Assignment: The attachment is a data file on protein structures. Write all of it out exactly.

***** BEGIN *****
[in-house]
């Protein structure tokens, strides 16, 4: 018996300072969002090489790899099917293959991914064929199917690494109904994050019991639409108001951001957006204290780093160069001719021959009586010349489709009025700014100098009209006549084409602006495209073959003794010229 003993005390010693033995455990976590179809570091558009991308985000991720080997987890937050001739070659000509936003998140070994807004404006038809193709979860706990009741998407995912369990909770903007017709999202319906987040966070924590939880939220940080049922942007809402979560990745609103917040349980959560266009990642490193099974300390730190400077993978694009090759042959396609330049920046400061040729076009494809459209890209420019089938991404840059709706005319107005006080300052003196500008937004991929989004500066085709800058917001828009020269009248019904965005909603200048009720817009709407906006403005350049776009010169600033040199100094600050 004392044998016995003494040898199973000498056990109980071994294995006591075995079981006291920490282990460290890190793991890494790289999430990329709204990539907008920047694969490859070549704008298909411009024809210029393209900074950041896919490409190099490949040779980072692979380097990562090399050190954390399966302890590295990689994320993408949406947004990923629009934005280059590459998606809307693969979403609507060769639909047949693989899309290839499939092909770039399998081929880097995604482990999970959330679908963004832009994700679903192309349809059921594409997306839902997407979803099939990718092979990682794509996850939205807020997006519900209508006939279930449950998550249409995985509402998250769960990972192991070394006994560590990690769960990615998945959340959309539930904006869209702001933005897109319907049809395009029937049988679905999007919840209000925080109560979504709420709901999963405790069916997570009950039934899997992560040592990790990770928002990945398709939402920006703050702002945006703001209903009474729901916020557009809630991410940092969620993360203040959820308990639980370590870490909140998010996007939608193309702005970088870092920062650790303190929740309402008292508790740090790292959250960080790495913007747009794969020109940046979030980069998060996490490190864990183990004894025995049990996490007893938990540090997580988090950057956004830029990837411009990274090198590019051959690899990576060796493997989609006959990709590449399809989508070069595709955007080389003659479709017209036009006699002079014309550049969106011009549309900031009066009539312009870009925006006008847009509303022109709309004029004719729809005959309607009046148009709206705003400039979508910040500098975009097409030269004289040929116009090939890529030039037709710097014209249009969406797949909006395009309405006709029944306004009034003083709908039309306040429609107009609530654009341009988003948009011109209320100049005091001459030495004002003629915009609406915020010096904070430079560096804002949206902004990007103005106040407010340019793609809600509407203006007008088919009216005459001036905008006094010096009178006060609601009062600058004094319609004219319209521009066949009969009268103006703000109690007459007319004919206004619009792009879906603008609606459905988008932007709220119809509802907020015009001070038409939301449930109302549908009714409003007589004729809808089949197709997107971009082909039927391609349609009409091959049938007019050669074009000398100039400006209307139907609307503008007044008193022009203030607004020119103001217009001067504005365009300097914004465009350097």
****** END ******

[in-house]
């Protein structure tokens, strides 16, 4: 018996300072969002090489790899099917293959991914064929199917690494109904994050019991639409108001951001957006204290780093160069001719021959009586010349489709009025700014100098009209006549084409602006495209073959003794010229 003993005390010693033995455990976590179809570091558009991308985000991720080997987890937050001739070659000509936003998140070994807004404006038809193709979860706990009741998407995912369990909770903007017709999202319906987040966070924590939880939220940080049922942007809402979560990745609103917040349980959560266009990642490193099974300390730190400077993978694009090759042959396609330049920046400061040729076009494809459209890209420019089938991404840059709706005319107005006080300052003196500008937004991929989004500066085709800058917001828009020269009248019904965005909603200048009720817009709407906006403005350049776009010169600033040199100094600050 004392044998016995003494040898199973000498056990109980071994294995006591075995079981006291920490282990460290890190793991890494790289999430990329709204990539907008920047694969490859070549704008298909411009024809210029393209900074950041896919490409190099490949040779980072692979380097990562090399050190954390399966302890590295990689994320993408949406947004990923629009934005280059590459998606809307693969979403609507060769639909047949693989899309290839499939092909770039399998081929880097995604482990999970959330679908963004832009994700679903192309349809059921594409997306839902997407979803099939990718092979990682794509996850939205807020997006519900209508006939279930449950998550249409995985509402998250769960990972192991070394006994560590990690769960990615998945959340959309539930904006869209702001933005897109319907049809395009029937049988679905999007919840209000925080109560979504709420709901999963405790069916997570009950039934899997992560040592990790990770928002990945398709939402920006703050702002945006703001209903009474729901916020557009809630991410940092969620993360203040959820308990639980370590870490909140998010996007939608193309702005970088870092920062650790303190929740309402008292508790740090790292959250960080790495913007747009794969020109940046979030980069998060996490490190864990183990004894025995049990996490007893938990540090997580988090950057956004830029990837411009990274090198590019051959690899990576060796493997989609006959990709590449399809989508070069595709955007080389003659479709017209036009006699002079014309550049969106011009549309900031009066009539312009870009925006006008847009509303022109709309004029004719729809005959309607009046148009709206705003400039979508910040500098975009097409030269004289040929116009090939890529030039037709710097014209249009969406797949909006395009309405006709029944306004009034003083709908039309306040429609107009609530654009341009988003948009011109209320100049005091001459030495004002003629915009609406915020010096904070430079560096804002949206902004990007103005106040407010340019793609809600509407203006007008088919009216005459001036905008006094010096009178006060609601009062600058004094319609004219319209521009066949009969009268103006703000109690007459007319004919206004619009792009879906603008609606459905988008932007709220119809509802907020015009001070038409939301449930109302549908009714409003007589004729809808089949197709997107971009082909039927391609349609009409091959049938007019050669074009000398100039400006209307139907609307503008007044008193022009203030607004020119103001217009001067504005365009300097914004465009350097």